Let me put it another way. What strikes me most about what happened in Cincinnati is that it seems, now, not to have happened at all. It has not become part of the rock & roll frame of reference, as Altamont instantly and permanently did. It seems to me that it was an event that should have signified something new about the relationship between bands and their audiences, or about rock & roll as mass culture, was taking place. It ought to have forced people to reexamine a lot of assumptions, a lot of what they took for granted. That hasn't happened.
Will that event have an effect on the Who's music? I don't mean in terms of the Who putting out a nice little commentary about it, as the Grateful Dead did after Altamont with "New Speedway Boogie"; I mean over the years, in a more profound way.
I think what's not apparent to the outside world, in the Who, is our – bloody-minded brutality. Our – determination. Our stamina, and our strength. It's not apparent, because we seem to brood so incessantly on our weaknesses, we seem to have so many phobias; like everybody who really cares about rock, we spend so much time worrying how many more years . . . But the amazing thing, for us, is the fact that – when we were told, told about what happened at that gig, that eleven kids had died – for a second, our guard dropped. Just for a second. Then it was back up again.
It was, fuck it! We're not gonna let a little thing like this stop us. That was the way we had to think. We had to reduce it. We had to reduce it, because if we'd actually admitted to ourselves the true significance of the event, the true tragedy of the event – not just in terms of "rock," but the fact that it happened at one of our concerts – the tragedy to us, in particular, if we'd admitted to that, we could not have gone on and worked. And we had a tour to do. We're a rock & roll band. You know, we don't fuck around, worrying about eleven people dying. We care about it, but there is a particular attitude I call the "tour armor": when you go on the road you throw up an armor around yourself, you almost go into a trance. I don't think you lose your humanity, but, think: for ten, maybe fifteen years, the Who smashed up hotel rooms – why? Where's the pleasure in it? We actually quite relished general violence. I don't understand why it happened. It doesn't happen now, but it did happen, for a long time. I think that, for me, tours were like a dream.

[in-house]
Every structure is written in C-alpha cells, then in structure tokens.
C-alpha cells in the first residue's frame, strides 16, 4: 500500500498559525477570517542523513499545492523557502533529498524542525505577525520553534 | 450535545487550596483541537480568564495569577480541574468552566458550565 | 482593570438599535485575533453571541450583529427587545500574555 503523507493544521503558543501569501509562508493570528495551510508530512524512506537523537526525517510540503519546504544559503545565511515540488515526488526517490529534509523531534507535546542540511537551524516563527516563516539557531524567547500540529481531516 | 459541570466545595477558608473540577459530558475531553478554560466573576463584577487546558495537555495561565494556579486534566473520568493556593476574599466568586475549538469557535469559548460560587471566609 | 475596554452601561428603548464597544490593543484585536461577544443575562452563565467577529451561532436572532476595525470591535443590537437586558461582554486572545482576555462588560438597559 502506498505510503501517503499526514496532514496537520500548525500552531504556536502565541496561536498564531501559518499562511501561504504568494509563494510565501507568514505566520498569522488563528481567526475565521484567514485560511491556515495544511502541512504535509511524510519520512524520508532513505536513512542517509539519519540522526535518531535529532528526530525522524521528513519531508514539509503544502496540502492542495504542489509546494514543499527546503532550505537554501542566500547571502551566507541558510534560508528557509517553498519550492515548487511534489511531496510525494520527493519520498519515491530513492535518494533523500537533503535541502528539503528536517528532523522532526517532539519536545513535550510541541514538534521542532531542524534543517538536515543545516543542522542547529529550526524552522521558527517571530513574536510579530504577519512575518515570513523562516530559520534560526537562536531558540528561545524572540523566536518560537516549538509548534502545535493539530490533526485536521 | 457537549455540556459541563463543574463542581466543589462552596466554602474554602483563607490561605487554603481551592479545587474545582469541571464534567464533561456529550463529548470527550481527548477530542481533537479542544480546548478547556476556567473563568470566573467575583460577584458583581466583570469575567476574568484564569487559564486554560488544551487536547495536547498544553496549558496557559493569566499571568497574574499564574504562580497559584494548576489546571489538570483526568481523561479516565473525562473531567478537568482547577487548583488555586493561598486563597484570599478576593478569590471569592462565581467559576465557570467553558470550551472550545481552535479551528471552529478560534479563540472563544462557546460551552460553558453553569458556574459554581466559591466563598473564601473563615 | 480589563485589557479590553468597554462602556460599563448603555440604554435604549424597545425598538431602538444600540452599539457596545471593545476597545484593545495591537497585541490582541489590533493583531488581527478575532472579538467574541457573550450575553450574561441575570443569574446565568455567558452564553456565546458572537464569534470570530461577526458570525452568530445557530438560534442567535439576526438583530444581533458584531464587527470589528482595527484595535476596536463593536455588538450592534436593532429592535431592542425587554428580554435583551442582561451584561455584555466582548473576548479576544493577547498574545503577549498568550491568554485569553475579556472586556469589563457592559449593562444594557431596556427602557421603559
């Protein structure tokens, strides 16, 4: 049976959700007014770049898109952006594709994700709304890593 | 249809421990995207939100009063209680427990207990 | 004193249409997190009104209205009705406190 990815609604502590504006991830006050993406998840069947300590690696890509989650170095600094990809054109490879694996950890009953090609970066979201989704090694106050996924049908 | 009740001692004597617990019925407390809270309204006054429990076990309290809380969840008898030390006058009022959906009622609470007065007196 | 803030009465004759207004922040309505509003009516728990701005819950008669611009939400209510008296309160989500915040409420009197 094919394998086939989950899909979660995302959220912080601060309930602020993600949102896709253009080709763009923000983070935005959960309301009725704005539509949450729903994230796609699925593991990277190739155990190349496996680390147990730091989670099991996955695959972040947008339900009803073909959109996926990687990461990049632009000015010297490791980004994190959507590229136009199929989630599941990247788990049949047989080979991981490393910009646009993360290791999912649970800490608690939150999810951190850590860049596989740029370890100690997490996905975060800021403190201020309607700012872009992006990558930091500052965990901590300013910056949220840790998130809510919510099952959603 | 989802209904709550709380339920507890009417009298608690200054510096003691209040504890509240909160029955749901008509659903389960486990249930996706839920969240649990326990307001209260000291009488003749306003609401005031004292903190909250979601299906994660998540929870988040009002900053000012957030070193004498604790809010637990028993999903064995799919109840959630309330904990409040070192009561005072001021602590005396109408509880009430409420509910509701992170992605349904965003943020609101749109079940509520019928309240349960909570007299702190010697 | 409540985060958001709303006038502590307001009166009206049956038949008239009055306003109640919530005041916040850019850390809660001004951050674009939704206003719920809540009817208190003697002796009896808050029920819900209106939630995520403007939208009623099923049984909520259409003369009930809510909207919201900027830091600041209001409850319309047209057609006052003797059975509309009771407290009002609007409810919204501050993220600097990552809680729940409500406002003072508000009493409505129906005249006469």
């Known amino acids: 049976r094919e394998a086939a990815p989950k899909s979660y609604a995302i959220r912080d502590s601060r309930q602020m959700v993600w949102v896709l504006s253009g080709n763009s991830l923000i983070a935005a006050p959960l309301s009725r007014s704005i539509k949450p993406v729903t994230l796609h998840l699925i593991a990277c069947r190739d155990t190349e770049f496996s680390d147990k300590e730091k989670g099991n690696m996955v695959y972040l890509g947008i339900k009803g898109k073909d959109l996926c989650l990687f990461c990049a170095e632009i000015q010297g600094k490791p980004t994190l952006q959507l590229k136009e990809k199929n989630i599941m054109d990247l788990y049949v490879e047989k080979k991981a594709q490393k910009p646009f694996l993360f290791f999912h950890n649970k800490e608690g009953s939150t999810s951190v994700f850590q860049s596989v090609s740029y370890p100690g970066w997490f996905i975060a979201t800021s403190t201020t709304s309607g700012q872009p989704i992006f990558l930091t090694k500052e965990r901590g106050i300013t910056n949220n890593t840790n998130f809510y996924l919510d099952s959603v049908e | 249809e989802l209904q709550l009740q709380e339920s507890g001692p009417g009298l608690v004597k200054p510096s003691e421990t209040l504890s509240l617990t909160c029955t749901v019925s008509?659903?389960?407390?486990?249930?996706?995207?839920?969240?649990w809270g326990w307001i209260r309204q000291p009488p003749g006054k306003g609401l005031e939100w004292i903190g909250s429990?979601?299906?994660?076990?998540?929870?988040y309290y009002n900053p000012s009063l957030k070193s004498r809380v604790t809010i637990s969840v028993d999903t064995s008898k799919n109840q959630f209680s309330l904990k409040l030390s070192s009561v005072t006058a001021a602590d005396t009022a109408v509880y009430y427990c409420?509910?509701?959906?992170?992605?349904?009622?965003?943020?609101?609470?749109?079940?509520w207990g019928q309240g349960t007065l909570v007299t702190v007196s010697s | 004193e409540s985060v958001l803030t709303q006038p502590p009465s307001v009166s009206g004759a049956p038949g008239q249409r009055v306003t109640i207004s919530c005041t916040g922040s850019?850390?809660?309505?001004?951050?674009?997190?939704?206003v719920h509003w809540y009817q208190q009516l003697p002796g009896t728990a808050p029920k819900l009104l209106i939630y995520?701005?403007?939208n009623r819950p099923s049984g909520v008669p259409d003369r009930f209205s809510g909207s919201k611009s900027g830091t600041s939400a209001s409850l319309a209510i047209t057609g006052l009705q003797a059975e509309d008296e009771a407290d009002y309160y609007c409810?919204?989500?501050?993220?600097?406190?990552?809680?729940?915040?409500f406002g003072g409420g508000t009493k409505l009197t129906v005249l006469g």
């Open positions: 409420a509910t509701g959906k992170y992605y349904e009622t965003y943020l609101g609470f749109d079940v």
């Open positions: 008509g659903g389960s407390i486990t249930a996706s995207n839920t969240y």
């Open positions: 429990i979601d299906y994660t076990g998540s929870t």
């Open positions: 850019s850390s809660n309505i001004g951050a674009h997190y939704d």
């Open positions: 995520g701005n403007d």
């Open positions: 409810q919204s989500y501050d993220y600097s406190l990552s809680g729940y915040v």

I was literally wearing armor. The only thing that would ever crack it, for me, at a show, would be if my wife and kids were there. Or my brother – he'd be, what? Eleven or twelve years old. Simon: he's got a band of his own now, On the Air. I used to really worry about him. He'd like to be right up front, and if I saw trouble happening – that would be my link. That would pierce my armor.
In a way, I think you're wrong about what you were saying about a gulf. When I say armor, I mean armor that actually allows you to be more abandoned, and freer, that allows you to be tougher, harder – genuinely tougher and harder. I'm not trying to glamorize it, and it's not something that I'm necessarily proud of. The Who's macho tendencies, in some ways, weaken our audience: our audience is about eighty percent male.
You say that if you had allowed yourself to really think about, to really face the true tragedy of what happened in Cincinnati, you would have had to stop – but you couldn't stop, you didn't want to stop, there was no point to stopping. But once the tour was over – or maybe a year after, or two years – isn't it important, if the band is going to continue to make sense of where it's been and where it's going, to somehow integrate that event, to absorb it: to allow it to affect you, in terms of the music you make and the way you perform it?
I don't know, because so far, we've had a series of quite unfortunate reactions.
How do you mean?